April 2022 New Car Wait Times: Part 1

Following the launch of our new car delivery date estimator, you can now stay informed regarding all the delays and wait times affecting the Australian new car market. 

Whether you are in the market for a specific model, or keeping your options open, our handy tool will provide you with a comprehensive snapshot of wait times by brand, model, state, and even vehicle body type.

In addition, we are delighted to bring to you this monthly piece that wraps up all the latest movements across the market, helping you improve your new car buying experience by responding to the latest developments. After all, not everyone has the patience to wait more than 200 days for a new car!

On that note, here are the key developments from April.

New car market wait time

Although the average wait time for a new car rose last month, it wasn’t necessarily met by the same magnitude we have seen over the last year, adding further weight to the notion that we may be at or near a peak in terms of delivery delays.

The result from April points to an average wait time of 124 days for a new car across Australia, which was just one day higher than the March result, and in line with February.

One year ago the same metric was sitting at 76 days, so there can be no denying that the current state of affairs hasn’t improved. However, a series of more consistent readings since the start of the year gives rise to some optimism.

It’s worth noting that the current series of headwinds for the industry remain the same, and if anything, China’s ongoing lockdowns could become a watch-point as it is contributing to global supply chain woes affecting other goods at this time. 

To date, the Chinese auto-makers that have gained popularity across Australia don’t appear to be feeling the squeeze, but questions may remain in the near-term once existing stock is sold.

Makes and models with the longest wait times

The wait time for an Isuzu vehicle continues to blow out, reaching a high of 239 days in April. Both of its leading vehicles, the MU-X and D-Max, are tied to an average wait time of more than 200 days. 

This time last year the delay on an Isuzu order was just 85 days, suggesting the near-tripling in wait times is tied to shipping delays, as well as a worldwide shortage of critical components, microchips and other materials. Isuzu is seeing these issues plague global manufacturing, so other markets are also being hit, and a waiting list is in place.

Toyota is now the brand with the second-longest wait time, 191 days, which is steady on the month prior, but drastically ahead of the 107 day wait in April, 2021. That follows the brand’s recent announcement regarding a significant cut in production for April, May and June.

At a record high, Volkswagen’s wait times have crept higher to 191 days, matching Toyota. In March the brand was sitting at an average delay of 186 days, so the slight increase there has outpaced some other brands where improving supply has helped alleviate some challenges.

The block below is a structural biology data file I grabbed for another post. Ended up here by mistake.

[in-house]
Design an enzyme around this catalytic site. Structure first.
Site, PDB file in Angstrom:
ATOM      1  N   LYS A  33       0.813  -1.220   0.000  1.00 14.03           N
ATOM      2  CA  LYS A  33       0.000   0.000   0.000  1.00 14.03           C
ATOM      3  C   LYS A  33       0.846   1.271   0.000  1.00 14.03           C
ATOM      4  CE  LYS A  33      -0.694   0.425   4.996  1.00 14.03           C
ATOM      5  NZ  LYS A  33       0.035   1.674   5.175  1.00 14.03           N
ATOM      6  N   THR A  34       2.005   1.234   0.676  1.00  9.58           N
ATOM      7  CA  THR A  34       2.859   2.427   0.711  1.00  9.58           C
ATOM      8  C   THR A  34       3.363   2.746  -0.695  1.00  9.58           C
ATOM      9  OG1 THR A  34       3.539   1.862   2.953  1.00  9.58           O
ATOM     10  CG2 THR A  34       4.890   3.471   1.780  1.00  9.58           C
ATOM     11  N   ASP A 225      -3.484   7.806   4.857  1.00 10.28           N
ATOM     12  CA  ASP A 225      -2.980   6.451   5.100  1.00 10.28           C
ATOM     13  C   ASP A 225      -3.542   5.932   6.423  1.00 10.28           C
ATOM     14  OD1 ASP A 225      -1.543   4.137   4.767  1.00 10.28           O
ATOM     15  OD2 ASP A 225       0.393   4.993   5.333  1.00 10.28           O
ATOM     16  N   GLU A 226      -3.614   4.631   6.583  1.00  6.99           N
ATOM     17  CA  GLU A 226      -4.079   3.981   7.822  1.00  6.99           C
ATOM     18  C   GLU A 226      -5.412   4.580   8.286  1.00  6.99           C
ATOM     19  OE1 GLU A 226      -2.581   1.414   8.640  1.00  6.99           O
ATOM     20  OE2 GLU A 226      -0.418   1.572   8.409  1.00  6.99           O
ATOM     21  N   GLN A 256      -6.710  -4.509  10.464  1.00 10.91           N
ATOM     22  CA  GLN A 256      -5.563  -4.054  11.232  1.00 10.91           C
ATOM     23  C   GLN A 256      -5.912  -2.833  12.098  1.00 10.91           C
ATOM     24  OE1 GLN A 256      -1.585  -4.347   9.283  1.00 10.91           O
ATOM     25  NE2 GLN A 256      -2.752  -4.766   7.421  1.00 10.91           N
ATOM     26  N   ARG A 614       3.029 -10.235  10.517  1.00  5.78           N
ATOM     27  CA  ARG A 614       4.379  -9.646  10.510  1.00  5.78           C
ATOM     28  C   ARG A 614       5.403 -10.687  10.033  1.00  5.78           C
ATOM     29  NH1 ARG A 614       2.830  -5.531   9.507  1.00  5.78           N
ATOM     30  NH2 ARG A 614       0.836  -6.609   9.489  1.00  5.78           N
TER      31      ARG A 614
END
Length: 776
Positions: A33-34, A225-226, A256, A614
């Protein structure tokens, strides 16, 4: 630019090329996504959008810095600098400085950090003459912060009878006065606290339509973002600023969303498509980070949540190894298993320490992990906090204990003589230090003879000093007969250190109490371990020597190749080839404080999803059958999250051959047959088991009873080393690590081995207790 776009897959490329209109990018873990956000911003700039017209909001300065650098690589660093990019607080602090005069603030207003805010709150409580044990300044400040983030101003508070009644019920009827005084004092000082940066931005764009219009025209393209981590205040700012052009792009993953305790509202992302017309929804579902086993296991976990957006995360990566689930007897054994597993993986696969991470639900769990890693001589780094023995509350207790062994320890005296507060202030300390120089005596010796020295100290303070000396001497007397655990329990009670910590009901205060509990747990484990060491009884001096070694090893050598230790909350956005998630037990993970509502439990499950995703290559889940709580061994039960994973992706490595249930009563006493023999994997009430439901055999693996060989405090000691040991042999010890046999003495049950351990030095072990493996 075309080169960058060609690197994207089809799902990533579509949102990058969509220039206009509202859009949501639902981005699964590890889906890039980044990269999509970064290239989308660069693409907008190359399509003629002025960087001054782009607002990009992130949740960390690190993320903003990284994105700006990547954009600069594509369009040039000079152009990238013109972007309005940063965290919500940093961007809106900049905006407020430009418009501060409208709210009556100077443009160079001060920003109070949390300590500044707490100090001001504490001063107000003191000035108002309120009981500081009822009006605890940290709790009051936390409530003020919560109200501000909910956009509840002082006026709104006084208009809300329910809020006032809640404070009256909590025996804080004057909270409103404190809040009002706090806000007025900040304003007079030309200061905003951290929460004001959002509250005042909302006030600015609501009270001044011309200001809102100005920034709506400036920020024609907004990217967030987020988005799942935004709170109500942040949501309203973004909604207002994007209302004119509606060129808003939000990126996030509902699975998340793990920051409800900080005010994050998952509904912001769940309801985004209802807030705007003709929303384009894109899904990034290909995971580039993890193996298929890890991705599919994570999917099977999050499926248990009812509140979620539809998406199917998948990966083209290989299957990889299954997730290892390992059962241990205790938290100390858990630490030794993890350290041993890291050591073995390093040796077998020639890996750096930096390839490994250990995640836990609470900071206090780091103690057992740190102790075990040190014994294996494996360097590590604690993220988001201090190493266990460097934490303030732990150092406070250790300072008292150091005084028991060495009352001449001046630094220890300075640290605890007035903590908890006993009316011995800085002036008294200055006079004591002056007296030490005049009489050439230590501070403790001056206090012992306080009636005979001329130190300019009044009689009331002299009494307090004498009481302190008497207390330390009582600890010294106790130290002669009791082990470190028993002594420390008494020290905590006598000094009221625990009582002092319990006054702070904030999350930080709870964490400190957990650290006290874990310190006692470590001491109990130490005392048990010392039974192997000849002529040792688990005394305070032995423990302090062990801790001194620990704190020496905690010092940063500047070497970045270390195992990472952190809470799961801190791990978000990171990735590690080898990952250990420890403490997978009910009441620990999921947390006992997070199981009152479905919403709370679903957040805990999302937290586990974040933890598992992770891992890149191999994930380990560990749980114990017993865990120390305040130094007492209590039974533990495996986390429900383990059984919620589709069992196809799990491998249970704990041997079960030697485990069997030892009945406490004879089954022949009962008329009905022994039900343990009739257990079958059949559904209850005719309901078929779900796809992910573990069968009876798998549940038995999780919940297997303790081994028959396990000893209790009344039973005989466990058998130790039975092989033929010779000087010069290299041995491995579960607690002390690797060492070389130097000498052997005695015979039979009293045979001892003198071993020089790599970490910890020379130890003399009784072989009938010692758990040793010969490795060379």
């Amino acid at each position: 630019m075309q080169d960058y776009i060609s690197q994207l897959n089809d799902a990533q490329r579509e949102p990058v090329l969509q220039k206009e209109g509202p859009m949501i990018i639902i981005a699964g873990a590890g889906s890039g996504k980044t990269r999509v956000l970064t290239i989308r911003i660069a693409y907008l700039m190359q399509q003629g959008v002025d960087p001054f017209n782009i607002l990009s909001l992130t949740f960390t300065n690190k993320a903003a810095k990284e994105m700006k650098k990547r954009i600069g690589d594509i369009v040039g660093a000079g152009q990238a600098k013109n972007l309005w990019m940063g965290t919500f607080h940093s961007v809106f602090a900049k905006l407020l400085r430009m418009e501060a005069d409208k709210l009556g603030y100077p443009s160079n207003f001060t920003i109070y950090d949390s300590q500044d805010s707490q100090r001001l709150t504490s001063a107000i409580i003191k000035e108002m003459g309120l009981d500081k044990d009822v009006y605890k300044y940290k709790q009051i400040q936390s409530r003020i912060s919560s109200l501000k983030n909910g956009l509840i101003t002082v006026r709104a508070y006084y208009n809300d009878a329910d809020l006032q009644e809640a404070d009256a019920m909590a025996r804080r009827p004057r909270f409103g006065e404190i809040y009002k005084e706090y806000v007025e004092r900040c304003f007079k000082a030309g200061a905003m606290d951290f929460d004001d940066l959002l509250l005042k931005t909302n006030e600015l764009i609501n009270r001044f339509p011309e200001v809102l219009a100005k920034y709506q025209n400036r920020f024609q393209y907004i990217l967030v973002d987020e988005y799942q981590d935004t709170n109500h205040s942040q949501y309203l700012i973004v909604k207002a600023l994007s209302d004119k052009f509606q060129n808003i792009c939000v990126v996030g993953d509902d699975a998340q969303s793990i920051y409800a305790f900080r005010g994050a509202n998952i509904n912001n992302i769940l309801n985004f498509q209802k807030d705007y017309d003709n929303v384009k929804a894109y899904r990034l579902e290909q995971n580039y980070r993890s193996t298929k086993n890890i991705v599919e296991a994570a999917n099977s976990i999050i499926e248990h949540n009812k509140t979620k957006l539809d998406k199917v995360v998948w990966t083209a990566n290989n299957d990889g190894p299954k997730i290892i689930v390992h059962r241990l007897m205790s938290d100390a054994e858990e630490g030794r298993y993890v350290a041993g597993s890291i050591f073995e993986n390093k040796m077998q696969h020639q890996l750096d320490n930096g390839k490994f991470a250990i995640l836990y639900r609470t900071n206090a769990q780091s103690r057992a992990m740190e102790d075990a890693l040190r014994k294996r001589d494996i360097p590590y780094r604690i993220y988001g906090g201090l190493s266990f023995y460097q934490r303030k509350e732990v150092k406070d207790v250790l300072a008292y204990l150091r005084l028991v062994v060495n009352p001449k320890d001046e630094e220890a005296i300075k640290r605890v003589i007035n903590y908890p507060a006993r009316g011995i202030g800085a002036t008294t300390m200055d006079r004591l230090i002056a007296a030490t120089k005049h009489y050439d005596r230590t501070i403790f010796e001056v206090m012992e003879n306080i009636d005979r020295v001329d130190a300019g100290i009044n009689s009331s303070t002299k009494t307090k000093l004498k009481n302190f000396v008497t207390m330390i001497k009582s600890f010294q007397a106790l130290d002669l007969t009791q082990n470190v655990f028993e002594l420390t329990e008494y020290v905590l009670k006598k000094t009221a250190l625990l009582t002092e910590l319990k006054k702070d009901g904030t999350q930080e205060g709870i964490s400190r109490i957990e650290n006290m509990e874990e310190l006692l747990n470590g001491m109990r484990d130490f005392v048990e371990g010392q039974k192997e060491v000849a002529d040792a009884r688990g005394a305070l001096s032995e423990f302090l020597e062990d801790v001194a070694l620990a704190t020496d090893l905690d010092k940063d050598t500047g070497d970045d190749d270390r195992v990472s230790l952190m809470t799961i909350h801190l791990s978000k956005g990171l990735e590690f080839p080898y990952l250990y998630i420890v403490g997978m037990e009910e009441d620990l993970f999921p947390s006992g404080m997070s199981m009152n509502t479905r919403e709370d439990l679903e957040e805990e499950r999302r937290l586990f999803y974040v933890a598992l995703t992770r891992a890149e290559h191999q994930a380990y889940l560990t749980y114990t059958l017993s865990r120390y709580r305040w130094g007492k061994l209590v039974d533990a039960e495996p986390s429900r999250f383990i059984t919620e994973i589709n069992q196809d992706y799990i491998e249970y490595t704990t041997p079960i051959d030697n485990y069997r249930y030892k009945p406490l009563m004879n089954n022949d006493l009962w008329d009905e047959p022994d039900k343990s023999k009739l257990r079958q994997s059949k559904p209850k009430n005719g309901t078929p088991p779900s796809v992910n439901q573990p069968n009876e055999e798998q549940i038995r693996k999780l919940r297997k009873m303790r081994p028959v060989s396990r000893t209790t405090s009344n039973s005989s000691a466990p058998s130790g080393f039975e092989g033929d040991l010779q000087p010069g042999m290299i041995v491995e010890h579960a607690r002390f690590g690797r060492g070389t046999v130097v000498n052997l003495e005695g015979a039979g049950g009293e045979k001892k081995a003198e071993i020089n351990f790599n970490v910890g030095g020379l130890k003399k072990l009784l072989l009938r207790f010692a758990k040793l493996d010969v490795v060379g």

Improving supplies throughout April provided a spell of positive momentum for Korean auto-maker Kia, with average wait times slipping from 199 days in March to 175 days last month. High global demand continues to strangle supply, but improvements are starting to trickle through, at least for now.

Brand

Wait time

Change (1 month)

Change (12 months)

Isuzu

239 days

+26 days

+154 days

Toyota

191 days

Unchanged

+84 days

Volkswagen

191 days

+5 days

+84 days

Kia

175 days

-24 days

+84 days

Nissan

127 days

-3 days

+50 days

It is now the Toyota RAV4 with the longest wait time across the Australian new car market, averaging a delay of 270 days. That is predominantly being driven by extended delays for the hybrid variants, however, even those eyeing a petrol-powered version will also find it hard to secure stock at this time on the back of Toyota’s global manufacturing pull-back.

Meanwhile, wait times for the Volkswagen Passat continue to lengthen, growing from 245 days in March to a total of 261 days in April, an increase of roughly 6.5%.

Isuzu, which as we mentioned is having issues securing critical parts for its vehicles, now carries a 256 day wait for its MU-X SUV, which is a record for the model. This time last year the wait time for an MU-X was 67 days, so there has been an effective four-fold increase for those waiting on this name, even though it isn’t the brand’s most-popular vehicle.

The Kia Sorento is one of those benefiting from an improvement in Kia’s supply chain through April, with wait times decreasing sharply from 284 days to 253 days, while the likes of the Jeep Wrangler (221 days), Volkswagen Tiguan (220 days), Ford Mustang (215 days) and Isuzu D-Max (202 days) are among the other models facing a big backlog.

Model

Wait time

Change (1 month)

Change (12 months)

Toyota RAV4

270 days

+11 days

+147 days

Volkswagen Passat

261 days

+16 days

N/A

Isuzu MU-X

256 days

+39 days

+189 days

Kia Sorento

253 days

-31 days

N/A

Jeep Wrangler

221 days

N/A

N/A

Isuzu and Ford were the only brands to see any meaningful increase in delays across their supply chains last month, with wait times surging by 12% and 11% as an average across the board. 

 

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